Doug Jones acknowledges supporters at the election night party in Birmingham REUTERS/Marvin Gentry

A morning roundup of the day’s news.

Alabama upset: The long-shot victory of Democrat Doug Jones in Tuesday’s heated Alabama Senate race rested on voters from the state’s cities, most affluent suburbs, and black communities, who soundly rejected the controversial candidacy of Republican Roy Moore. The Washington Post breaks down the numbers:

Fully 96 percent of African Americans supported Jones, similar to President Obama’s 95 percent support among this group in 2012. But Jones fared much better than Obama among white voters, garnering 30 percent of their votes, twice the 15 percent who voted for Obama. Jones made particularly large gains among white women and those with college degrees.

When Airbnb acts like Uber: A Bloomberg View columnist sees Uber-like problems with the other sharing economy leader, Airbnb, in its recent “overaggressive expansion and tendency to ignore rules”—as top tourist destinations like Paris, Berlin, and Barcelona attempt to slap on tighter regulations.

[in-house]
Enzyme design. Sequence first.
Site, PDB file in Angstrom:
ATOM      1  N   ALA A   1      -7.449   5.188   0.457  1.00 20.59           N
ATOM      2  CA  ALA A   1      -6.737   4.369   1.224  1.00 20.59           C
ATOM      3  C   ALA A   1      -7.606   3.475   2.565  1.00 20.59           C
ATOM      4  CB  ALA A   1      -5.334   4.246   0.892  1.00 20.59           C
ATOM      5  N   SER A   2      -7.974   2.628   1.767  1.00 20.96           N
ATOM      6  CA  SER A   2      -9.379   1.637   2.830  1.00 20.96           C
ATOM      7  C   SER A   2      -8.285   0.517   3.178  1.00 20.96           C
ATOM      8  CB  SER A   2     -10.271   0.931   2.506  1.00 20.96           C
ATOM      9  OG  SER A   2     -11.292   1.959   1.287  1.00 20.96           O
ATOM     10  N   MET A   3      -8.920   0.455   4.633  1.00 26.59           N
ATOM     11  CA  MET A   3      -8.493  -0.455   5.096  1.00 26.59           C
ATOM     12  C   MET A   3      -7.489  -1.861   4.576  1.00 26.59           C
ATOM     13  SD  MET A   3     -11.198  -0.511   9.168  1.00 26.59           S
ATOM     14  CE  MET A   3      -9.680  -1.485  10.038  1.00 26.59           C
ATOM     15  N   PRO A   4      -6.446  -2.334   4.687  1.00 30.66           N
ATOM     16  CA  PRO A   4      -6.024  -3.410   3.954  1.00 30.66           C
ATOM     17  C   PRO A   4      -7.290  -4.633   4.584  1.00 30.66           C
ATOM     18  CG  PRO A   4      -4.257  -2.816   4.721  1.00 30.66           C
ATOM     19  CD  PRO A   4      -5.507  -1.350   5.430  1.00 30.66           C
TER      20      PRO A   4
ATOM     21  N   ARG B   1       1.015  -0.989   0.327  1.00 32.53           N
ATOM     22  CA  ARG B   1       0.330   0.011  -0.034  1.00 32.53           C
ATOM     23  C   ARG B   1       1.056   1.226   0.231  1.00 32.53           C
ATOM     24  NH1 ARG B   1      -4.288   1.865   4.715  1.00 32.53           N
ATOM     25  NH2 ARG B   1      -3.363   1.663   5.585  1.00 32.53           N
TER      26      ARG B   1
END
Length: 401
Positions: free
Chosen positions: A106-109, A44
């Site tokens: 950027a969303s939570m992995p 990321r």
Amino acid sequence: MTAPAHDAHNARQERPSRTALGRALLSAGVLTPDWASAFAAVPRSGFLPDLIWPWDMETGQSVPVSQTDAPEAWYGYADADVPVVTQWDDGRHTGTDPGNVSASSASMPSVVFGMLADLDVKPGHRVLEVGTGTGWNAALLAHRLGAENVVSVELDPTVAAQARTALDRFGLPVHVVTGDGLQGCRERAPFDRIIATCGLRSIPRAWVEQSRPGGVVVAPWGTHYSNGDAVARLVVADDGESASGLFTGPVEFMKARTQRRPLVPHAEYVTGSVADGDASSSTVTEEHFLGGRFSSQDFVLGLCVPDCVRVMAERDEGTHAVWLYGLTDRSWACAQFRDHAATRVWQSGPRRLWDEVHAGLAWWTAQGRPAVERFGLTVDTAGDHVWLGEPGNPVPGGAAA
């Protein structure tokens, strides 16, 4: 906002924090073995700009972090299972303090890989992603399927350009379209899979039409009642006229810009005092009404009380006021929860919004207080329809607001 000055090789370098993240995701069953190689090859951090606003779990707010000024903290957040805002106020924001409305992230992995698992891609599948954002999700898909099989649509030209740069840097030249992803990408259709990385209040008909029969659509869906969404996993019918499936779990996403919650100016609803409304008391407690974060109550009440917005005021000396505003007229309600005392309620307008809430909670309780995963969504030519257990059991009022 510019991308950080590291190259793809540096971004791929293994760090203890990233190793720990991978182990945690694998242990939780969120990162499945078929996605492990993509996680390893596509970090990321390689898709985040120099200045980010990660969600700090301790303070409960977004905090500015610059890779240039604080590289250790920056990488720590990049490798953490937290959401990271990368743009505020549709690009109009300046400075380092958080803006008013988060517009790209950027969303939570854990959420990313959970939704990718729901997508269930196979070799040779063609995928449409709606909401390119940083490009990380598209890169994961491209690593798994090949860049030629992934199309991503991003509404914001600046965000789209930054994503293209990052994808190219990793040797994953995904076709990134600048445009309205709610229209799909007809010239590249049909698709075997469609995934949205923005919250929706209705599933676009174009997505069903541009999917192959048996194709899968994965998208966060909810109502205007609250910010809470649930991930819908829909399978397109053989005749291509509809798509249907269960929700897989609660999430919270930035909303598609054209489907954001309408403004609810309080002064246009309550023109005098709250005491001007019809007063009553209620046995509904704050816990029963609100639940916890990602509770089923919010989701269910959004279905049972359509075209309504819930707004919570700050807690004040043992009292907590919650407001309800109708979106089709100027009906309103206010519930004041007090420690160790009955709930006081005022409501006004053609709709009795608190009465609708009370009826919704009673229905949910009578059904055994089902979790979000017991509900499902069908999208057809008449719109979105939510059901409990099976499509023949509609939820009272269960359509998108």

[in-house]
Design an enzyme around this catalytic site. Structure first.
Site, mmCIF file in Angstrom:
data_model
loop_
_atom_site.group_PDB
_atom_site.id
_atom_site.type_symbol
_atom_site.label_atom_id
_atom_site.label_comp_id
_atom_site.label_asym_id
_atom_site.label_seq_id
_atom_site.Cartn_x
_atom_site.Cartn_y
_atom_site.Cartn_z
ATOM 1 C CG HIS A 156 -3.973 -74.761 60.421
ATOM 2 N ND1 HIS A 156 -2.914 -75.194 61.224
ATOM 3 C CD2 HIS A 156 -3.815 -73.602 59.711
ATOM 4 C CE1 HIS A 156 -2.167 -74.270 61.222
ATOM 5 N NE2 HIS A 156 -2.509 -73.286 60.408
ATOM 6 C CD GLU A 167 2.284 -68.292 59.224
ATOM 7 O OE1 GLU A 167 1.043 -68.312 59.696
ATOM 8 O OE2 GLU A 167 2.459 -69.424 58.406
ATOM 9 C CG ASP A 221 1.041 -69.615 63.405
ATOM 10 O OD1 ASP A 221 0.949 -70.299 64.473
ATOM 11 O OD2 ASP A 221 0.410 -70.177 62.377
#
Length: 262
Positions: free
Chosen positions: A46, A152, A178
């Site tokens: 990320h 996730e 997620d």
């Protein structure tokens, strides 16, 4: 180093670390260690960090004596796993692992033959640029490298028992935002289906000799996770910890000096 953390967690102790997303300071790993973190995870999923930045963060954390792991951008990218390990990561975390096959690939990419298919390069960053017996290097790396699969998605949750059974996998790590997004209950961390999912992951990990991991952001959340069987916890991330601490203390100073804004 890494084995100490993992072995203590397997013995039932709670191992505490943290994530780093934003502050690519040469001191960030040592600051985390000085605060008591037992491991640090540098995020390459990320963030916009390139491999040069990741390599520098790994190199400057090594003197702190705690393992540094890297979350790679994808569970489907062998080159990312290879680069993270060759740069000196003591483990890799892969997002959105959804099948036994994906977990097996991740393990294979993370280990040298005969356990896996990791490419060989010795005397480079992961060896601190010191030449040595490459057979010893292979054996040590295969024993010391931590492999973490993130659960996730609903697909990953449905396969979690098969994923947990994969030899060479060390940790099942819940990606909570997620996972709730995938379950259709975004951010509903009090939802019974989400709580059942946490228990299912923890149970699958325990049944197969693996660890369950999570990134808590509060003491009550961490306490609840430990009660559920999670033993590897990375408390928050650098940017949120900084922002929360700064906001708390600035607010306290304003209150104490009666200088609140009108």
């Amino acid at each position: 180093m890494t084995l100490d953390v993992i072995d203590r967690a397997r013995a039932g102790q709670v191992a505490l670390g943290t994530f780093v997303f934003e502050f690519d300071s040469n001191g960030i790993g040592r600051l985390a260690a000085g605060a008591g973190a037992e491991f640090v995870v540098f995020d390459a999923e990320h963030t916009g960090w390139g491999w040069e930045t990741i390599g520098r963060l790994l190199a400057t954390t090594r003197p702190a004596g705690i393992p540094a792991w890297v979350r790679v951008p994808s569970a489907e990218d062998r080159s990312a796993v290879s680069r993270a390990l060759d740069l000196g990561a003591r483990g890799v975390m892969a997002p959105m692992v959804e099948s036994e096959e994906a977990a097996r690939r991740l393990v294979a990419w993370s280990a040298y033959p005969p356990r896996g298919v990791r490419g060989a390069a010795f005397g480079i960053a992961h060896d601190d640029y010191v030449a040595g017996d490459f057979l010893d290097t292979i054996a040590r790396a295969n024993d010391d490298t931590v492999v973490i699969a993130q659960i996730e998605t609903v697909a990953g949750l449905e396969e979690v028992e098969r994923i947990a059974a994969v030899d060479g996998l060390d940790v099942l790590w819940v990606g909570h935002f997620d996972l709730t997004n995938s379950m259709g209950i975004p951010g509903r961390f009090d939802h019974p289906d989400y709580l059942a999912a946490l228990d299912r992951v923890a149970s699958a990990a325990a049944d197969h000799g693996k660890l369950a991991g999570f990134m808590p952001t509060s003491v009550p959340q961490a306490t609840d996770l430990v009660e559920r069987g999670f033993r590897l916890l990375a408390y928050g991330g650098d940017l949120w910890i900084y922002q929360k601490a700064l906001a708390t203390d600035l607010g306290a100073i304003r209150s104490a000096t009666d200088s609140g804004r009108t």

Source of the fire: The blaze that damaged one of Los Angeles’s most affluent neighborhoods last week was sparked accidentally by some of the city’s poorest residents, according to officials who traced the source to a cooking fire in a homeless encampment in the canyons. The fire tore through 400 acres, destroying and damaging homes in the Bel-Air neighborhood. (L.A. Times)

Safer in sanctuaries? Rebutting the White House’s message that sanctuary cities are breeding grounds for crime, a new analysis of 33 big cities suggests that white residents living in sanctuary areas are safer from deadly violence. The study found less consistent results, however, for people of color. (Crime Report)

The urbanization of Dallas: How does a sprawling, car-centric city like Dallas feed the growing appetite for walkable, urban lifestyles? A Curbed overview points to baby steps toward higher density and mixed-use neighborhoods, like the budding Deep Ellum district.

The urban lens:

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